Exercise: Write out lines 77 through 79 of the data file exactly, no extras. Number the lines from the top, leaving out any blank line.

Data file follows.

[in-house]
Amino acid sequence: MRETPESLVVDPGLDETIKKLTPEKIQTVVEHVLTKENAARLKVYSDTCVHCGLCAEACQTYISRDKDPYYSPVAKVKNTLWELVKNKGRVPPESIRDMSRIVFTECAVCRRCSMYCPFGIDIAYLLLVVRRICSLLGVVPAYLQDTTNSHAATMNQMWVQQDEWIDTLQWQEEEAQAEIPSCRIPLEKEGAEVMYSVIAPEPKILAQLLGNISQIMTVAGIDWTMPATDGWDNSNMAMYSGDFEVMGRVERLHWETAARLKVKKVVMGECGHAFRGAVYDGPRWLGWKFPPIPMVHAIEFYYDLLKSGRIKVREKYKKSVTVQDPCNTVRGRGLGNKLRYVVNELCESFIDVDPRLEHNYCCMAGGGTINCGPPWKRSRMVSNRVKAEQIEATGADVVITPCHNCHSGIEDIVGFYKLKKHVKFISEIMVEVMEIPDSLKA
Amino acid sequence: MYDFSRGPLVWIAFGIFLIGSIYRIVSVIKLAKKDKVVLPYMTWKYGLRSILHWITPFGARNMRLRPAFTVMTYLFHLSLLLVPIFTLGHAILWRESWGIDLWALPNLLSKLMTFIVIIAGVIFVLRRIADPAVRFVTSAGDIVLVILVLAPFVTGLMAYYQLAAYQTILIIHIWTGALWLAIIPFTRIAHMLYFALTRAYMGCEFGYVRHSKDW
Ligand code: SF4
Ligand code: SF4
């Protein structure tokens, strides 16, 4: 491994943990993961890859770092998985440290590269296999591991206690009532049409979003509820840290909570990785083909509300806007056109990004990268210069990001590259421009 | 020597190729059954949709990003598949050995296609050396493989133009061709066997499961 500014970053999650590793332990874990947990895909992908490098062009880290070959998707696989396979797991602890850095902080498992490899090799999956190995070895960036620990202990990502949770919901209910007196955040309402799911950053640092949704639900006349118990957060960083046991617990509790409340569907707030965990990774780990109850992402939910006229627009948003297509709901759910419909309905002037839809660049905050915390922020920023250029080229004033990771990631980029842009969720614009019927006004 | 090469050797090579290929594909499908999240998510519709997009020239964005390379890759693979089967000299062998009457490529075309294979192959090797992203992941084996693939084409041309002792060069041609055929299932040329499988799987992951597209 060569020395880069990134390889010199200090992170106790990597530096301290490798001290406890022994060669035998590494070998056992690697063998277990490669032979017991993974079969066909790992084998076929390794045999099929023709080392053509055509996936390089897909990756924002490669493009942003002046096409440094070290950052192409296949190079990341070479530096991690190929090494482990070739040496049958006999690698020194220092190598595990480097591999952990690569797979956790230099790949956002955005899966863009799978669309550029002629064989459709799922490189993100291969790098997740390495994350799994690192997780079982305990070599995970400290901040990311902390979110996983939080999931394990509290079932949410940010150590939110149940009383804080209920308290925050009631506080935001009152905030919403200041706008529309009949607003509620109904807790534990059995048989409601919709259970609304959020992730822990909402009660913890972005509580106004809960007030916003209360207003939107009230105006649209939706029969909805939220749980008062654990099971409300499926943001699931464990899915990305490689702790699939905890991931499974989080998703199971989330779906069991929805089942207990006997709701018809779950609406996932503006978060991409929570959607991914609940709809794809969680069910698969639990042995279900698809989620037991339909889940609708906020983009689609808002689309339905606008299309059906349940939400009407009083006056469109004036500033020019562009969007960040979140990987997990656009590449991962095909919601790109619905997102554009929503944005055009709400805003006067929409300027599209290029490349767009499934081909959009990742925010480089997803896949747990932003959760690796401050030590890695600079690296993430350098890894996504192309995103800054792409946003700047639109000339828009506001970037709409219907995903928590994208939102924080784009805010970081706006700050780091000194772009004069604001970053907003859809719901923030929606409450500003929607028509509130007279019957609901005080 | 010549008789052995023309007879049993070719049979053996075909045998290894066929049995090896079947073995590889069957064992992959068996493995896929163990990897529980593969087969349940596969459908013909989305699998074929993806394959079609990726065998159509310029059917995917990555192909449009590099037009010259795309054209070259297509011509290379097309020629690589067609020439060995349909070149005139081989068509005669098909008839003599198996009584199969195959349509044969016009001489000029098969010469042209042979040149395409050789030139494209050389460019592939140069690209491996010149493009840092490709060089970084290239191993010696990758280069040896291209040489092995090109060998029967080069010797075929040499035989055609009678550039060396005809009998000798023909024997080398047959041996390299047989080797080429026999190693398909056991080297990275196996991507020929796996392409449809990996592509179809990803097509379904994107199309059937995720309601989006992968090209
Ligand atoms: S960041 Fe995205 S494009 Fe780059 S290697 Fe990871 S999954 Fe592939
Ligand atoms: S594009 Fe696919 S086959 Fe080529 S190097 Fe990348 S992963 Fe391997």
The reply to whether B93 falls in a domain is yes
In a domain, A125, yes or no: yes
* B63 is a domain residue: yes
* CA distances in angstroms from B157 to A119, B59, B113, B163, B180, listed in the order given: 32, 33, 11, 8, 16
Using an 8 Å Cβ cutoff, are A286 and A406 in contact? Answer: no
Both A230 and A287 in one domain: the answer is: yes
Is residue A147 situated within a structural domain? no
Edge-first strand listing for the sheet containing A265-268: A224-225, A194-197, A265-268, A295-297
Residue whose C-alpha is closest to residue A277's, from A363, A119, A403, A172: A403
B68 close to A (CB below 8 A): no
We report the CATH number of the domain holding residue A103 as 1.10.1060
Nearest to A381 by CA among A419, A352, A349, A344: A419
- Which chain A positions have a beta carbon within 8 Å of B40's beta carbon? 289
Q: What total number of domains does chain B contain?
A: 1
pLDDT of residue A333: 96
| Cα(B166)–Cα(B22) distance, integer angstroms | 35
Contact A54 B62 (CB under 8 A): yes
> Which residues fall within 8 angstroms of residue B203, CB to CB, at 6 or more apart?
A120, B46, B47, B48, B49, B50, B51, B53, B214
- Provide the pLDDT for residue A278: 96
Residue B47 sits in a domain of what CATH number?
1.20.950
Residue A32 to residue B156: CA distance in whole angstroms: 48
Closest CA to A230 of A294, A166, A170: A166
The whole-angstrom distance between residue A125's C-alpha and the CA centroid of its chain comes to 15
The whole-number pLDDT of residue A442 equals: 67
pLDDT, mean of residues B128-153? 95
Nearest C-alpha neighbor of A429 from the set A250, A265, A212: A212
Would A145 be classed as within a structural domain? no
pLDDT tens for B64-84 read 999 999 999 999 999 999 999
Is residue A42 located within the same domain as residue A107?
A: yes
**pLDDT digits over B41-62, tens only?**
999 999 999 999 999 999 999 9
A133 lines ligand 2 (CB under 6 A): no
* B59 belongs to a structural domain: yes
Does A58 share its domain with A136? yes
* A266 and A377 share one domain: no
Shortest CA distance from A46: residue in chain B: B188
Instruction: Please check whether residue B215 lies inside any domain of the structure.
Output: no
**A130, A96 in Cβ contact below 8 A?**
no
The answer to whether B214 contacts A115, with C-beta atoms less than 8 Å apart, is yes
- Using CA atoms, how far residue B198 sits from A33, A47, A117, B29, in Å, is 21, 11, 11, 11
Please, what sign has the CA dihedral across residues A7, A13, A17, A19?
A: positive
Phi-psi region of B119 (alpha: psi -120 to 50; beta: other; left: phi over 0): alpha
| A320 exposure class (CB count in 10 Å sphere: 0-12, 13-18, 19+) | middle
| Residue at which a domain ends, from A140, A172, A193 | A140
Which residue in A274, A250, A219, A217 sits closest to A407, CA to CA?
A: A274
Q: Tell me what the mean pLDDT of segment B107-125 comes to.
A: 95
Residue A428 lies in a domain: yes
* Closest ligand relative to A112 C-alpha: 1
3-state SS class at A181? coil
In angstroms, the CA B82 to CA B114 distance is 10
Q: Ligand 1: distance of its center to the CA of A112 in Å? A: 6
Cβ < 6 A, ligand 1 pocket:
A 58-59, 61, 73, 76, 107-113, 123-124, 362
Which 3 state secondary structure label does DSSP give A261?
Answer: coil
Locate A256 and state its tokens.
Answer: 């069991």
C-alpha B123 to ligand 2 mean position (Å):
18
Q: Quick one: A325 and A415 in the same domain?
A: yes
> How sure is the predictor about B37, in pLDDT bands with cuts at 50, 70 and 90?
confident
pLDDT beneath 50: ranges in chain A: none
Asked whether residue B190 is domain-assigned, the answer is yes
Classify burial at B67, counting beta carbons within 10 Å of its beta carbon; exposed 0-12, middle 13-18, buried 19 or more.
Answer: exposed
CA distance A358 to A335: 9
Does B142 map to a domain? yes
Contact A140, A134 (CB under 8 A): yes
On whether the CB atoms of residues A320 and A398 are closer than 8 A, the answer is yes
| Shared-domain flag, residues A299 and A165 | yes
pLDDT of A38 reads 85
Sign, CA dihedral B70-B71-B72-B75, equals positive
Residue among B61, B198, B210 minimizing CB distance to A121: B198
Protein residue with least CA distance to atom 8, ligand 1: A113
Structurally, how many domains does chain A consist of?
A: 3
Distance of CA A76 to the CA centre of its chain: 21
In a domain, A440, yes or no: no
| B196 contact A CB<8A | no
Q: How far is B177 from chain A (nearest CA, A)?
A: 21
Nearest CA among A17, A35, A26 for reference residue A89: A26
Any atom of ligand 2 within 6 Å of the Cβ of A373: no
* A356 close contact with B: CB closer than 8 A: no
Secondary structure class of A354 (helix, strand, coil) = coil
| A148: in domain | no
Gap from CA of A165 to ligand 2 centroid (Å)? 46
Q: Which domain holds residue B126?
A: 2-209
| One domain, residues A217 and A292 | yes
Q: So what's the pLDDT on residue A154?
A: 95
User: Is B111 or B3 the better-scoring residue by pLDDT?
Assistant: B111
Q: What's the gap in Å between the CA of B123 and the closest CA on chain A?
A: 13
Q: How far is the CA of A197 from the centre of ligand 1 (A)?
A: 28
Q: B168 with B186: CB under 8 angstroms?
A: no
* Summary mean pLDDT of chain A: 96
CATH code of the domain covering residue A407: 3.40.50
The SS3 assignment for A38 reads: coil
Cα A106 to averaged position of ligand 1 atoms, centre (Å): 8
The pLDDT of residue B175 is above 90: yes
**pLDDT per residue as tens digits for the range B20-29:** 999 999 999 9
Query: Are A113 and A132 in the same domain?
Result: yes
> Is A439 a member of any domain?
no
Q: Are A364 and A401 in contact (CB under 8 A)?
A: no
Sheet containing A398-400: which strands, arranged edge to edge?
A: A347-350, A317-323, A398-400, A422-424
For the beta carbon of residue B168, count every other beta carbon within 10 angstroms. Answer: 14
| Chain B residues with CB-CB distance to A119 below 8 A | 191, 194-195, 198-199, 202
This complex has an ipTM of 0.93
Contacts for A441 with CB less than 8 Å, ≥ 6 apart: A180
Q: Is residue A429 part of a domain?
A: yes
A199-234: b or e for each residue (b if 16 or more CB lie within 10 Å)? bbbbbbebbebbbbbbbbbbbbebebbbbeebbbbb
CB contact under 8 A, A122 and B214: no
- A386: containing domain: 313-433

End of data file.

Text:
Q: Quick one: A325 and A415 in the same domain?
A: yes
> How sure is the predictor about B37, in pLDDT bands with cuts at 50, 70 and 90?